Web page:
Saturday, January 21, 2012

Did Affirmative Action kill Assimilation?

As another MLK day passes, I ponder all the special interest groups who have jumped on the civil rights bandwagon in the name of the black martyr.

Here we see the Occupy movement using Dr. King for their own cause:

And here we see a local "Prayer Breakfast" carrying the water for the liberals:

Meanwhile, AG Eric Holder is guest speaker in Red-State Utah:

And they use all sorts of machinations to "prove" that King would have been a Democrat...or sided with the gays...or Latinos...or the 99%.....

But it set me thinking about the divisive nature of all this grouping.

Two college professors, one in California and the other in Florida, set out to study racial/ethnic identity of children over time.  They published a book about it called, Legacies: The Story of the Immigrant Second Generation.

One of the fascinating tidbits they discovered is that all this identity stuff evolves in a child's life in high school.  As Mark Krikorian explains it:
“When first surveyed, the majority of the students identified themselves as American in some form, either as simply “American” or as a “hyphenated” American (Cuban American, for instance, or Filipino American).  After several years of American high school, barely one third still identified themselves as Americans, the majority choosing an identification with no American component at all, opting for either a foreign national-origin identity (Cuban, Filipino) or a panracial  identity (Hispanic, Asian).  The antiassimilationist slant of modern American education is perhaps most visible from this fact: Of the one eighth of immigrant children in the study who identified themselves as simply “American” at the beginning of high school, only 15 percent still thought of themselves that way at the end of high school.”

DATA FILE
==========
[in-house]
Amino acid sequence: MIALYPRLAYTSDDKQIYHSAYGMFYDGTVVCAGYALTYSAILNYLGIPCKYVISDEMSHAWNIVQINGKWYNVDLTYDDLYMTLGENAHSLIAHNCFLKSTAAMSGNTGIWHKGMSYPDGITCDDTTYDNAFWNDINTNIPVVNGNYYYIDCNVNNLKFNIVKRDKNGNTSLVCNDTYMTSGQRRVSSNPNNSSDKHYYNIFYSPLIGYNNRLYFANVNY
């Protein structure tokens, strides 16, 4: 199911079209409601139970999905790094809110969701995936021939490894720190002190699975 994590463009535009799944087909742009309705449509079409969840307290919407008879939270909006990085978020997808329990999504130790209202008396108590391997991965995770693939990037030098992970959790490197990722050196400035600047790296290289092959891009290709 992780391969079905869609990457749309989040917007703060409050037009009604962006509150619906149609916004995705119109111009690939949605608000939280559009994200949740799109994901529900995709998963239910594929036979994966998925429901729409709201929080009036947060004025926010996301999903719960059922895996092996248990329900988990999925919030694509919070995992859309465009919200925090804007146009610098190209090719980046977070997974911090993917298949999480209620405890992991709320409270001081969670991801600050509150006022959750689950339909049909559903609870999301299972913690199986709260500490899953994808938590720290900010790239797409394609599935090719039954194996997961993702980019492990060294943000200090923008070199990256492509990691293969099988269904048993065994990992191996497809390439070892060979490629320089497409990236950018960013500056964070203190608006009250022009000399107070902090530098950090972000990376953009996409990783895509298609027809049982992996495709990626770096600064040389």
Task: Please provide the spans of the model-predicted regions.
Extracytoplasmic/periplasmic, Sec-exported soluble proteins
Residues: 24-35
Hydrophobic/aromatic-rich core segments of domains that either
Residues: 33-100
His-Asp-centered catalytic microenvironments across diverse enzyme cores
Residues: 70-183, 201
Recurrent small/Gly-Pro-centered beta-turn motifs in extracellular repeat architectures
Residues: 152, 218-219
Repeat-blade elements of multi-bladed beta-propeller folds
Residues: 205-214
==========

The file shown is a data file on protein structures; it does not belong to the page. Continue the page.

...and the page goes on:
(quoted from Krikorian, The New Case Against Immigration, 2008, p 32)

“The shift, therefore, has not been toward mainstream identities but toward a more militant reaffirmation of the immigrant identity for some groups (notably Mexicans and Filipinos in California and Haitians and Nicaraguans in Florida) and toward panethnic minority-group identities for others.”
(quoted from Legacies: The Story of the Immigrant Second Generation, 2001, p157)

So, it all starts to gel in high school.  And who can blame them?  Who wouldn’t want to be part of a protected class?  It offers some job protection, a leg up in hiring and scholarships.

But it is a far cry from the efforts 100 years ago to Americanize immigrants.  Such talk would be bigoted to say the least today.

But the protected classes must stick together and find opportunities to show strength in numbers.  And so…MLK is co-opted and public sector workers take the day off.  Meanwhile, the rest of us go to work while the left plots the demise of the American identity.  And the candidates fall in line to glad-hand potential special interests.

Sunday, January 8, 2012

Border Security

As we embark on another year of Presidential Candidate rhetoric it is important to talk about the illegal alien problem.  One can quickly dismiss candidates who call them "Undocumented," for they are more interested in skirting the issue than actually addressing it.

As I've said before, candidates who simple want to "Build the dang fence," aren't selling anything of value either.  Border security along with interior enforcement and deportation are worth a listen.

Beware the reporters and moderators who begin with the statement, "We all know you cannot deport 12 million people or secure 2,000 miles of border...."  Of course, you cannot do that, but you must do SOME of it to show that we mean to enforce our laws.

Back to the border security question.  When I think of the muddle the TSA has made in the interest of airport security, I can scarcely suggest that Homeland Security embark in a new initiative at the border.  That would be throwing good money after bad.

Any effort to build the fence needs to take into consideration the following:
1) We need to have open borders.  Millions of legitimate people have legitimate reasons to enter the United States.  Some cross daily for work.  Some are tourists.  Some are businessmen.  Some are US Citizens returning from a trip abroad. 
2) The target (illegal aliens and drug traffickers mostly) is mobile and flexible.  You build a fence, they'll cross somewhere else.  You build a longer fence, they'll find a torch or a ladder and go through it or over it.

Indeed we need fences where entry is hard to detect or hard to access.  Beyond that we need to have extra eyes and quick access.  We need to be mobile and flexible as well.  We need intelligence.  And we need tough sanctions against violators.

But the border is only a small piece of the puzzle.  We need to send the message to those who have already arrived: We will catch you and we will send you back home.  Furthermore, we will ban you from returning.

Let's not overthink this border fence.